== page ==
Furthermore, should the monitoring involve special categories of data as set out in Article 9 UK GDPR, alternative legal bases may need to be assessed and these are most likely to create conflict with the workforce. This will notably be the case when monitoring employees' behaviour through biometrics (e.g. fingerprints, iris scanning, facial or voice recognition) used for the purpose of uniquely identifying an individual. In these circumstances, employers should document their reasons for relying on biometric data, including any consideration of other less intrusive means and why they think they are inadequate. Employers should be clear about their purpose and why using biometric data is necessary. If a reasonable alternative option to using biometric data is possible, they should be able to justify why this method was not chosen. This must all be documented in a data protection impact assessment (DPIA).

In addition, prior to the implementation of any new monitoring process, employers will need to inform their staff, either through direct information or by updating any employee privacy notice already in place.

Below is a list of some of the key takeaways from the new ICO guidance.

Using Monitoring Tools That Use Solely Automated Processes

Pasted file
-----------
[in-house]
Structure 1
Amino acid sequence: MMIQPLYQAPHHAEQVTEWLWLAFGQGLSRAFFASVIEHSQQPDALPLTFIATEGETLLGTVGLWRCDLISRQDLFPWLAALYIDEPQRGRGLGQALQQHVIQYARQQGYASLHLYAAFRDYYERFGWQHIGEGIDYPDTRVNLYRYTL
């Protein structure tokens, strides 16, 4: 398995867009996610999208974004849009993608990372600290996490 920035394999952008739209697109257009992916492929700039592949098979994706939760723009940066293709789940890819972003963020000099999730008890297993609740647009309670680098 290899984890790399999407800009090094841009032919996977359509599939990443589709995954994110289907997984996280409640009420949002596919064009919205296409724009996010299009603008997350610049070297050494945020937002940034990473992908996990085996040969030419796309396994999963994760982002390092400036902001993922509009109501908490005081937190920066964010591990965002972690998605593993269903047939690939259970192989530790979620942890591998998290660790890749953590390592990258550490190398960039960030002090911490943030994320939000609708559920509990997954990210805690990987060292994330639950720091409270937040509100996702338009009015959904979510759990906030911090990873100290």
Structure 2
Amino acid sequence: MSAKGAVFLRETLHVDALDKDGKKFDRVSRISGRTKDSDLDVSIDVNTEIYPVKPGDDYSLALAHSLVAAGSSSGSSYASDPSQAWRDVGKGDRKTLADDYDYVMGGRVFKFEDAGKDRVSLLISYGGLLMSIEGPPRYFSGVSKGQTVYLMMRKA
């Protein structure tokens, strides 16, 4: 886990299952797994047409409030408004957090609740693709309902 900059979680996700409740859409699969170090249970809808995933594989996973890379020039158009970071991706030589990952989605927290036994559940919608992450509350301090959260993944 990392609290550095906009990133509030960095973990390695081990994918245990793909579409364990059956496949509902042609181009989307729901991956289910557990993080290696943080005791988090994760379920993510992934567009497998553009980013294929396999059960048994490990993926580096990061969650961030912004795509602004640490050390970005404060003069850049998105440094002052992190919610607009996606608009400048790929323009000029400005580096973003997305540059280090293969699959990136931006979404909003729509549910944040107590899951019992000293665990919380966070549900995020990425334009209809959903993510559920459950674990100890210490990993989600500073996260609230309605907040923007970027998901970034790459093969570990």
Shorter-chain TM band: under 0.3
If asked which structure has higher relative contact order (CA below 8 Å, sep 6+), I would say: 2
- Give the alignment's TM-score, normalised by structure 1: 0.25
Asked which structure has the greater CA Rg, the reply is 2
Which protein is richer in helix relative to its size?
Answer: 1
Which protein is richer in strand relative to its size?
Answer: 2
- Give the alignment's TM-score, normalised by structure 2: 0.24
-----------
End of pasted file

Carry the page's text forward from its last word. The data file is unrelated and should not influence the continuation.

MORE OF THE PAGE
Where monitoring would rely exclusively on automated decision-making, and considering the outcome of such monitoring would lead to a legal or similarly significant effects on individuals, employers will need to keep in mind that Article 22 UK GDPR provides for additional safeguards, namely the right for the individuals to opt out from that processing, and in order to effectively opt out, be informed of such automated decision-making.

Various Monitoring Methods

Remote Working

The rise in remote/home working in a post-COVID society has led to an increase in monitoring workers remotely. Workers' expectations of privacy are likely to be higher at home than in the workplace, especially when using personal IT infrastructure to connect to the company's network. Employers should factor in the risks of inadvertently capturing family and private life information when implementing monitoring systems for remote workers. Employers should do this as part of a DPIA as well as in their legitimate interest assessment (LIA) when legitimate interest would be the chosen legal basis for the processing operation. LIA focuses on assessing legitimate interests i.e whether the processing is necessary to achieve its purpose and whether such interest is overridden by data subjects' rights, whereas a DPIA assesses both impacts and risks of a processing operation and ways to mitigate them.

Monitoring Phone Calls